Positive immigrant youth adaptation in context: Developmental, acculturation, and social psychological perspectives
Traditionally, research on child and adolescent development has focused on American youth, inadvertently neglecting 96 percent of the world's children. This all-encompassing volume introduces global perspectives on young people across the globe, focusing on such topics as parenting and childcare, gender roles, violence against girls, adolescence in poor and rich countries, and developmental psychopathology across cultures. Recently updated, the second edition includes the latest findings in the field, additional content, and new photos and charts.
With contributions from leading psychological and anthropological scholars, chapters address worldwide changes in children's lives, parent-child relationships, sibling relationships, immigrant children and their families, and adolescents in both industrialized and developing nations. A special section discusses children living in difficult circumstances, including street children, child soldiers, global nomads, and children suffering from various internalizing and externalizing disorders. This book is the perfect introduction to the latest trends in developmental psychology.
The article will discuss the variety of African migrants’ pathways toward social recognition and success in a Russian megacity by describing and analyzing the experiences of the Ethiopian owners of two establishments in Moscow: a lavish downtown restaurant, and a small café on an international university campus on the city’s outskirts. These cases display various points of both similarity and divergence, but are here regarded as examples of successful African entrepreneurship, each in its own way, contrasting with the usual representation of Africans as passive victims in the receiving society. As background for the analysis we provide information on the changes that have occurred since the breakup of the USSR, and which have impacted on the migrants’ social composition, on their strategies of integration, and on the modes P. 206. of their acceptance by the new sociocultural milieu. The research is based mainly on in-depth and semi-structured interviews with the two establishment owners, their employees, and guests conducted in May to June 2012. It reveals the factors that have promoted their successful establishment in the Russian capital as well as their own perceptions of the position of migrants within it.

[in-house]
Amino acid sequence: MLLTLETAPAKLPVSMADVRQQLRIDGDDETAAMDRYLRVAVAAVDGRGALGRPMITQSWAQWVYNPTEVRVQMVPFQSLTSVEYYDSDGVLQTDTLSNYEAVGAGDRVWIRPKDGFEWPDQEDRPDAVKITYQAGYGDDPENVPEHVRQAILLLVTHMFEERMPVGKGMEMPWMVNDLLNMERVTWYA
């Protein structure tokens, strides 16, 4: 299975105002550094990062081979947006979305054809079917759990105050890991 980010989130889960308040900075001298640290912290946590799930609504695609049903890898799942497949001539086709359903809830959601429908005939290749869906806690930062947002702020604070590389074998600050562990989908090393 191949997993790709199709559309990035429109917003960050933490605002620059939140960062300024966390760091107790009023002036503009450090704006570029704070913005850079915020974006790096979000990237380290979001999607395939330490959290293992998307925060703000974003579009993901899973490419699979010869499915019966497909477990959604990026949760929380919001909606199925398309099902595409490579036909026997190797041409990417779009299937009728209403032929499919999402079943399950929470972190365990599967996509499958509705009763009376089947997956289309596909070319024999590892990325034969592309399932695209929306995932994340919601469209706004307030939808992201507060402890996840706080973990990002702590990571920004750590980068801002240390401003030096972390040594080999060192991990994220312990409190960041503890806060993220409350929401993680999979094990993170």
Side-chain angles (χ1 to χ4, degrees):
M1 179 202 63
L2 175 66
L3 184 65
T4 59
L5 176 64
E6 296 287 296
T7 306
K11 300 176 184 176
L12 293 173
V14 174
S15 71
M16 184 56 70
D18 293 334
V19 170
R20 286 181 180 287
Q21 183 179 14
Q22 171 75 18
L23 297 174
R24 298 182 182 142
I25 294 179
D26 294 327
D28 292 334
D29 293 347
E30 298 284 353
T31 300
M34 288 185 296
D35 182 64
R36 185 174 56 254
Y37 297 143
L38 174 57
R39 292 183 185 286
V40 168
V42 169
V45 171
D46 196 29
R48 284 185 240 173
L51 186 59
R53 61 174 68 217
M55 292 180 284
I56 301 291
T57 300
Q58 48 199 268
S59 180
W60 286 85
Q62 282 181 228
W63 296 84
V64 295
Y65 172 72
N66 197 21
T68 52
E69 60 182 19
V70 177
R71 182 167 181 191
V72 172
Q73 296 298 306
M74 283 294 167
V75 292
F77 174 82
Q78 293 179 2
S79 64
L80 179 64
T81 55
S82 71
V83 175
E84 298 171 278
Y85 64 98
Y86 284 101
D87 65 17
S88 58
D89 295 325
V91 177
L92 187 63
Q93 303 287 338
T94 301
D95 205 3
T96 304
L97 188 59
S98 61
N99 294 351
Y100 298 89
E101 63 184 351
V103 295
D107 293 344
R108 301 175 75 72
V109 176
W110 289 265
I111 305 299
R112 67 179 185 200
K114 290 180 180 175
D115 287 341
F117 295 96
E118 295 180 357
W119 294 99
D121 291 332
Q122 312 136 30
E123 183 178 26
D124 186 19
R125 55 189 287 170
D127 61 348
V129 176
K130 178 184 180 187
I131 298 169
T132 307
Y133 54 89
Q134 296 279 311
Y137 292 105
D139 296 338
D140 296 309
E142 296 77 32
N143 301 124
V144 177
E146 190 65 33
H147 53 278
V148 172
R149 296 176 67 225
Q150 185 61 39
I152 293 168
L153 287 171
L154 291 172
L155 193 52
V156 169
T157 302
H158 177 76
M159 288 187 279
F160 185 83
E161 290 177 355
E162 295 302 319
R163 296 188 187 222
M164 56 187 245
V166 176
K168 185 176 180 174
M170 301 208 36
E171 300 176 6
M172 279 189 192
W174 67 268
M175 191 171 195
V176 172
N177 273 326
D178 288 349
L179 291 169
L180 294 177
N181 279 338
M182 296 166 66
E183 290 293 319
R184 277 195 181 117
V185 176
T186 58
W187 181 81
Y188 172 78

As long as migration involves mainly young people, their relocation to the big cities has the strongest impact on sex-age structures both in core and peripheral areas. That’s why we are focusing our biggest part of attention on this particular age group in this paper. Unfortunately, Russian migration statistics is quite unreliable. It has failed to record “student age” movement in the last decades. So we consider the best way to fill this gap is to use the Census data. In this paper we used the so called “method of shifting ages”. The core idea is to compare cohorts in adjacent census years taking mortality into account. The discrepancy would stand for migration. The curtail advantage of this method is that, having appropriate data, we can evaluate migration losses and gains at any administrative level. Our data allows us to study intraregional population dynamics. As mortality is insignificant in youth cohorts, we are mostly dealing with migration. Our estimates show that during the last intercensus period (2002-2010) up to 70 percent of youth cohorts have left regional periphery for good after graduating school. For comparison, previous intercensus period (1989-2002) has shown only 40 percent decrease in periphery’s youth cohorts. At the end of the research author’s method of estimating the trend in regional center’s migration attractiveness for the youths is presented.